Date of Award
Open Access Thesis
Master of Medical Science (MMSc)
Emily J. Gilmore, MD, FNCS, FACNS
Traumatic brain injury is a significant cause of death and disability and accounts for 16% of injury-related emergency department visits in the United States. Current guidelines for management of traumatic brain injury are focused on identifying and preventing secondary brain injury using multimodal invasive monitoring techniques, including cerebral oxygenation monitoring. However, these approaches have risks and there is currently no clinical consensus that use of invasive monitoring improves patient functional outcome. We will evaluate whether noninvasive monitoring of cerebral oxygenation with near infrared spectroscopy can reduce the median duration of brain tissue hypoxia in patients with severe traumatic brain injury. Specifically, we will determine whether this method has benefit in combination with current guidelines, versus management based on current guidelines alone. This study will provide evidence that noninvasive cerebral oxygenation monitoring is a physiologic parameter that may modify interventions to direct targeted treatments and improve outcomes in traumatic brain injury.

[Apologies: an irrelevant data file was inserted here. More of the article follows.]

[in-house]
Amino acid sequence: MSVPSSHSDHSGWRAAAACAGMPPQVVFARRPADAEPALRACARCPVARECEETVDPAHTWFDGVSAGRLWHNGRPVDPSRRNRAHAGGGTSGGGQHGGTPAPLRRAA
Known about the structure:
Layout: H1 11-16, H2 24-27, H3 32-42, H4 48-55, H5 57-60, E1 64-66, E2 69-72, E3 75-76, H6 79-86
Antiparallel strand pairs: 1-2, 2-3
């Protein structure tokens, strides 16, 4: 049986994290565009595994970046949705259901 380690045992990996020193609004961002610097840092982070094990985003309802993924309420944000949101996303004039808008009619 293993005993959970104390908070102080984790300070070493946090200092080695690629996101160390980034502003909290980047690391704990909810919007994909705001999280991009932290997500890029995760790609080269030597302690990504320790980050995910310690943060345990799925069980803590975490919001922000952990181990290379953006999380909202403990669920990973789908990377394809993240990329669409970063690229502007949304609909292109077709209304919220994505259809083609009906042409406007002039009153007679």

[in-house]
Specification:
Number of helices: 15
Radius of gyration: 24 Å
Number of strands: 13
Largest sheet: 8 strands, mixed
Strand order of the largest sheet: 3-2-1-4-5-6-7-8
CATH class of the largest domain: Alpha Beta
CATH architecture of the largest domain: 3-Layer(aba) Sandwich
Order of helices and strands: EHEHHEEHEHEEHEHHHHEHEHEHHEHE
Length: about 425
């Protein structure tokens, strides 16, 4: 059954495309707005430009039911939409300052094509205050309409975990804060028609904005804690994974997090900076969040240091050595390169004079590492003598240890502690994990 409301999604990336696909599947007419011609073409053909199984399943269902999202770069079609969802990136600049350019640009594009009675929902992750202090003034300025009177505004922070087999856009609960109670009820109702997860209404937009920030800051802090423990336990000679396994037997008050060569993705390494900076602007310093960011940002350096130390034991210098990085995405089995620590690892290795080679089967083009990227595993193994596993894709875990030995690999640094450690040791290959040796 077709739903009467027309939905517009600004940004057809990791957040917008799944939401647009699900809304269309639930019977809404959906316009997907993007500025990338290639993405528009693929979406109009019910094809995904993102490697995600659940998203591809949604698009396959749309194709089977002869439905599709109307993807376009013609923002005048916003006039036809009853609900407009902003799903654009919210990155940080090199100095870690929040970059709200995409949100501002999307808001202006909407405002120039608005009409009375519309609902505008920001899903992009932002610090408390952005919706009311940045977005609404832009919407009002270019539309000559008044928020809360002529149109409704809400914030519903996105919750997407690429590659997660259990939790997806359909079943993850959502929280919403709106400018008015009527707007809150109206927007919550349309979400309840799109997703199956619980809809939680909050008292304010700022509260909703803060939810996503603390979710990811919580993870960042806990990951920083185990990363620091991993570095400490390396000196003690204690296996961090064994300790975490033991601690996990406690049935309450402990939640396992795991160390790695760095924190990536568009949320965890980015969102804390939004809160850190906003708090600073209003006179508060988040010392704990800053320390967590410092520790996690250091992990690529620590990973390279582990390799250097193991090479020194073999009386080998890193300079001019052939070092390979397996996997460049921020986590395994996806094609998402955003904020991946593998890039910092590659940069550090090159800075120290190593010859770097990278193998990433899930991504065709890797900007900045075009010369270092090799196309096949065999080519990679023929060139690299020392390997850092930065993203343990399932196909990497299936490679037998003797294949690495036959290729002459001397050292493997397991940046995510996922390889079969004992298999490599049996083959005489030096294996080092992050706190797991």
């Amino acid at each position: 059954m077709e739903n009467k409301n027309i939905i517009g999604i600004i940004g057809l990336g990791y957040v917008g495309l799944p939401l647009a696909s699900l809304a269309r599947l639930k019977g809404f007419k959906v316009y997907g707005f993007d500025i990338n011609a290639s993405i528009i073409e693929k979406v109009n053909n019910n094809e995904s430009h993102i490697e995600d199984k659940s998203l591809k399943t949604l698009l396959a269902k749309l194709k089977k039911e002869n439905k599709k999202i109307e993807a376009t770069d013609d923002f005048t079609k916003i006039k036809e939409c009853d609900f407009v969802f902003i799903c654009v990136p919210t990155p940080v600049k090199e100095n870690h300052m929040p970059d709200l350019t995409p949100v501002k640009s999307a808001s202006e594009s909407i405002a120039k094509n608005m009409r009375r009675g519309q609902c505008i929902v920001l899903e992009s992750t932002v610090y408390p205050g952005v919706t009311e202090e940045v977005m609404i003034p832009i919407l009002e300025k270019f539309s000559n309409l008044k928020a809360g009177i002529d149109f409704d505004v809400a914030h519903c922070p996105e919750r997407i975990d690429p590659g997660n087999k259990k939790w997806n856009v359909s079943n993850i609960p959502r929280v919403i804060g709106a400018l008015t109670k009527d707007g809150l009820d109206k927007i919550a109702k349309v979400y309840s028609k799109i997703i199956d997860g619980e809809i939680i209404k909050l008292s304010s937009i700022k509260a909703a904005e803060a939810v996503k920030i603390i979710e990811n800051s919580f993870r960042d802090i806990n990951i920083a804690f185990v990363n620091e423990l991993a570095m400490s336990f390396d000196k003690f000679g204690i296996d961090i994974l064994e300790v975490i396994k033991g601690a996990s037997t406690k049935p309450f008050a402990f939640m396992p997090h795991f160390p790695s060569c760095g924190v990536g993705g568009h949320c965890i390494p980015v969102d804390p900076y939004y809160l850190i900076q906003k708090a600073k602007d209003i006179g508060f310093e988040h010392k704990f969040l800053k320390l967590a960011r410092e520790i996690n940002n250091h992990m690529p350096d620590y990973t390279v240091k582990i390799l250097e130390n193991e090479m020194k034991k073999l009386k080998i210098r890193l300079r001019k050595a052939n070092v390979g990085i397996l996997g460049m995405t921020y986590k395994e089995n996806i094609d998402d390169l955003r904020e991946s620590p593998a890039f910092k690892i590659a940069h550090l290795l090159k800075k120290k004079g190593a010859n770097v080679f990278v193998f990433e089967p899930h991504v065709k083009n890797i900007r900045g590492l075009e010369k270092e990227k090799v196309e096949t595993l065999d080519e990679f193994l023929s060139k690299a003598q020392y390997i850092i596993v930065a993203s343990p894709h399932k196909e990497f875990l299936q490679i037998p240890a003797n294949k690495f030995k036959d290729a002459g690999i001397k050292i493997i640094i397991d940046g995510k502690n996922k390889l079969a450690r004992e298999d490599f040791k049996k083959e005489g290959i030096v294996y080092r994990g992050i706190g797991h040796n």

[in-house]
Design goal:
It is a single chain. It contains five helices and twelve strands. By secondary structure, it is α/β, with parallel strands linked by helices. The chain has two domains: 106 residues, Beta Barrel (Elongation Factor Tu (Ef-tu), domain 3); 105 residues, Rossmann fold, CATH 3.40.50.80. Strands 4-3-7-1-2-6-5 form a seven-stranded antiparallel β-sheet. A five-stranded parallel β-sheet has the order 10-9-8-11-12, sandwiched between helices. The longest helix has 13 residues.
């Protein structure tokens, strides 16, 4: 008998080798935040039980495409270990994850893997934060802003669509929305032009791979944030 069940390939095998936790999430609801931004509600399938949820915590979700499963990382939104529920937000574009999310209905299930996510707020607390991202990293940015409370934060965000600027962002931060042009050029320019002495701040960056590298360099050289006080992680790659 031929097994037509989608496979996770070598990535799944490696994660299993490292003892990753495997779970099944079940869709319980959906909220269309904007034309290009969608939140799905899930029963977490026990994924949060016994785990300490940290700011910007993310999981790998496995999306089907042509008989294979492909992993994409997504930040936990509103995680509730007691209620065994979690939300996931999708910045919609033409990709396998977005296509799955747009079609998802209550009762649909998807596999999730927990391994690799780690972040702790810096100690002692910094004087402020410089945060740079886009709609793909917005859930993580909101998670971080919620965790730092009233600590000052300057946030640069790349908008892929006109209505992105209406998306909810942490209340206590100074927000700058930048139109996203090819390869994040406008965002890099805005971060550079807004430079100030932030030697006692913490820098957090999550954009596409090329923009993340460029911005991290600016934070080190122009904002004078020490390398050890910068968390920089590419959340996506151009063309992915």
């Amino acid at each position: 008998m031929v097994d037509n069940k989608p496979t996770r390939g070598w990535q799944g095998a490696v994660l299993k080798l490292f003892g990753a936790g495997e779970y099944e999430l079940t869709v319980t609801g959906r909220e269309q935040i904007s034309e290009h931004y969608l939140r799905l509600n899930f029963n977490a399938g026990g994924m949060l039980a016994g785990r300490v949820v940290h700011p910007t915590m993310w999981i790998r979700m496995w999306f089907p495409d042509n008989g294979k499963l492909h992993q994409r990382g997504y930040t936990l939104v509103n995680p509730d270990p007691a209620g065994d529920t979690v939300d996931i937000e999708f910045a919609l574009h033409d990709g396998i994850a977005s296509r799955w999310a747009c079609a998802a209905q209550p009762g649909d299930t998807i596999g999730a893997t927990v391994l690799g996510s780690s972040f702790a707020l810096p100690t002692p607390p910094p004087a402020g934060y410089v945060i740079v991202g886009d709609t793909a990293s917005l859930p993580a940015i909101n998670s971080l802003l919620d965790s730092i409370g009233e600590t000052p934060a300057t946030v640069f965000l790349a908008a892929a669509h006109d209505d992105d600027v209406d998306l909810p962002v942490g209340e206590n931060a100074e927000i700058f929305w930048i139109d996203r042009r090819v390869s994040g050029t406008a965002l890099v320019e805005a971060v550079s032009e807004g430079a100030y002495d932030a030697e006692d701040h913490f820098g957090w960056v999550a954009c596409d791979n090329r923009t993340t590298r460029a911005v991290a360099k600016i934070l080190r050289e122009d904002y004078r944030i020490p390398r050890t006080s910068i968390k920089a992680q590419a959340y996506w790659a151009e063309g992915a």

Zimmerman, Drew Harvard, "Cerebral Oxygenation Monitoring by Near-Infrared Spectroscopy in Severe Traumatic Brain Injury" (2020). Yale School of Medicine Physician Associate Program Theses. 39.
This Article is Open Access